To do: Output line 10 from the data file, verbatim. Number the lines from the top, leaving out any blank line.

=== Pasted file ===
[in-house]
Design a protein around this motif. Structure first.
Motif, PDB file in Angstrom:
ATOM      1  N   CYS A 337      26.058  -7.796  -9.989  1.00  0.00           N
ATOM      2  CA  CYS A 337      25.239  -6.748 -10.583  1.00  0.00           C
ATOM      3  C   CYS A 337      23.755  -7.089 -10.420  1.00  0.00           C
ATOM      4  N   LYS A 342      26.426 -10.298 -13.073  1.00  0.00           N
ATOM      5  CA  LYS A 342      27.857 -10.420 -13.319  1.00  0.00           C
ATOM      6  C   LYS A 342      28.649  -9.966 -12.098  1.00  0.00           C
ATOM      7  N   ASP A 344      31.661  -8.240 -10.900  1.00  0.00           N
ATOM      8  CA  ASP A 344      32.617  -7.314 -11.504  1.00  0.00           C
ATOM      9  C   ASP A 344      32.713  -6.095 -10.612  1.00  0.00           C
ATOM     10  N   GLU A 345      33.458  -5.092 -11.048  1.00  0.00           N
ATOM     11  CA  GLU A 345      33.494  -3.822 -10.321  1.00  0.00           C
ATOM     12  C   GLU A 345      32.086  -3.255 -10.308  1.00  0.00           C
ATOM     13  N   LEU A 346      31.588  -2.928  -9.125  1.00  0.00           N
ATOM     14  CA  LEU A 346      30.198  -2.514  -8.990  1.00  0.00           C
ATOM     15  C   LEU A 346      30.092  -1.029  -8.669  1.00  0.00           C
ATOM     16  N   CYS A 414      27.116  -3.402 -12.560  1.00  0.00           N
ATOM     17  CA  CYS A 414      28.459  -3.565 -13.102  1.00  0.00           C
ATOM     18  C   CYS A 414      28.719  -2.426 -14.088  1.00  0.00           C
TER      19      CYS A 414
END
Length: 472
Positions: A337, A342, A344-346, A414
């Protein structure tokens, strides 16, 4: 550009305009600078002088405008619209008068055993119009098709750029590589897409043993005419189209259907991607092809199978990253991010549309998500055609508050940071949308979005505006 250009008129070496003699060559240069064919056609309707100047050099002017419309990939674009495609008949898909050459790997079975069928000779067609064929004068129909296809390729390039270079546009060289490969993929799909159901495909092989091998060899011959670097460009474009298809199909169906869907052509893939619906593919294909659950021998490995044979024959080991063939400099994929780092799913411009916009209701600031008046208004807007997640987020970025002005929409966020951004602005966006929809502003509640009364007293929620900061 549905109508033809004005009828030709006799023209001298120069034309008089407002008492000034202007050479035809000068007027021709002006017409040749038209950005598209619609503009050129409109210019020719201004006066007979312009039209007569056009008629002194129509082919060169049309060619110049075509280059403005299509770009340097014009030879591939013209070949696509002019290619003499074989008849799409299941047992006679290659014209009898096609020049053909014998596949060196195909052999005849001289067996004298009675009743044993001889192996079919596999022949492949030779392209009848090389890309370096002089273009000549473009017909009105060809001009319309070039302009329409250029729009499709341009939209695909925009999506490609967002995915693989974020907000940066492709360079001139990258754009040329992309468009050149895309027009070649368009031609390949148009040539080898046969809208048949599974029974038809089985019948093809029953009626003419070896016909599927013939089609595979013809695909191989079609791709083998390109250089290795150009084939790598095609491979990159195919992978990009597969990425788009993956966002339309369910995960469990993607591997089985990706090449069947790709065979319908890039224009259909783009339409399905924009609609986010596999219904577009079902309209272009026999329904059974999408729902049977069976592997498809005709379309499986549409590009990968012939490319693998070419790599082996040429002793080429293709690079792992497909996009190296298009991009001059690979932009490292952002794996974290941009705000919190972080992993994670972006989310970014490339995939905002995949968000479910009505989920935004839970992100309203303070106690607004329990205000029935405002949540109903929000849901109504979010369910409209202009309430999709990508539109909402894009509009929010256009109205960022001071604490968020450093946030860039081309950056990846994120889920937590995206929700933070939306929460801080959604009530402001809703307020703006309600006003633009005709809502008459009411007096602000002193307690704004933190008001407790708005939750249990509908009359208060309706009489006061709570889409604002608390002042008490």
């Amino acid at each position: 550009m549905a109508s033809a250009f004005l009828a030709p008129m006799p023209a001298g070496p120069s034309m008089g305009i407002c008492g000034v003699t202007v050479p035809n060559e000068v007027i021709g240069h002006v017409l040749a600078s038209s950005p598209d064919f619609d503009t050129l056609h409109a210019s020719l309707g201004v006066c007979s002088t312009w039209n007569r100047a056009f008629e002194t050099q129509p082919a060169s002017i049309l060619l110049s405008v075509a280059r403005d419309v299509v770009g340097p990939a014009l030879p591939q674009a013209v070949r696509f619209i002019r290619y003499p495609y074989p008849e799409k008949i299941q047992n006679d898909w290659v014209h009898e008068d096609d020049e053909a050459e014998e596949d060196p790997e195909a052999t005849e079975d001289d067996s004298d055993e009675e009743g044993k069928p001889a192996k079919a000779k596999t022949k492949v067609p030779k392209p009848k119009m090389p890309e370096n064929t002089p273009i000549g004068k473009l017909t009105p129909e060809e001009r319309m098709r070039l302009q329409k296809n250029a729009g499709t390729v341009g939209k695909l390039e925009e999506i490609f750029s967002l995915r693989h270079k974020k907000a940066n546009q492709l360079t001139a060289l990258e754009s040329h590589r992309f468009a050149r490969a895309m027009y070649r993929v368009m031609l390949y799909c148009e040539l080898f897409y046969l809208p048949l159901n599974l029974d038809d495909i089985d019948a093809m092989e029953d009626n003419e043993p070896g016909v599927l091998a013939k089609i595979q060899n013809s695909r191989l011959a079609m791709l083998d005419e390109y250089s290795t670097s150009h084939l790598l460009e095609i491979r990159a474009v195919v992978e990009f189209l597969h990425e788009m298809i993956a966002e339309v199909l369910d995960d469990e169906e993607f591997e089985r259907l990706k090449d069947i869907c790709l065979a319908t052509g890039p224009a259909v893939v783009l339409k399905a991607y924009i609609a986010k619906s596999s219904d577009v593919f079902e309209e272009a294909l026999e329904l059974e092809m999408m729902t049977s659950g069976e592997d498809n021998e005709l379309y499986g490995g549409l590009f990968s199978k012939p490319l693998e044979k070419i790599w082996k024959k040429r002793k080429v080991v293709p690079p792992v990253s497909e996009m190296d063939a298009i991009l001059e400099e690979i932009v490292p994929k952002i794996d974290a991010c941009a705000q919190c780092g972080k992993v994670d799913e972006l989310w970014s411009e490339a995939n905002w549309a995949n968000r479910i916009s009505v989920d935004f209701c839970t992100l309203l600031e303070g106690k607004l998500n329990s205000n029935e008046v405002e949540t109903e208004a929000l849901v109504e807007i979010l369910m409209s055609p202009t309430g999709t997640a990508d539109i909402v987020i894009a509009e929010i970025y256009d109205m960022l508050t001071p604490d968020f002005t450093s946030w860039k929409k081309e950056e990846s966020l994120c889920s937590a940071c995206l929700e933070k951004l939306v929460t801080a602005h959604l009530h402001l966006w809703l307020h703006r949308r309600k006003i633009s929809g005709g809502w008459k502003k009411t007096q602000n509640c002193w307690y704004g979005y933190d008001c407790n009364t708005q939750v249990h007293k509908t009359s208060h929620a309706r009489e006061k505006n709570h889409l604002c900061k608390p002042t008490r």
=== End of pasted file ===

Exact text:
ATOM      7  N   ASP A 344      31.661  -8.240 -10.900  1.00  0.00           N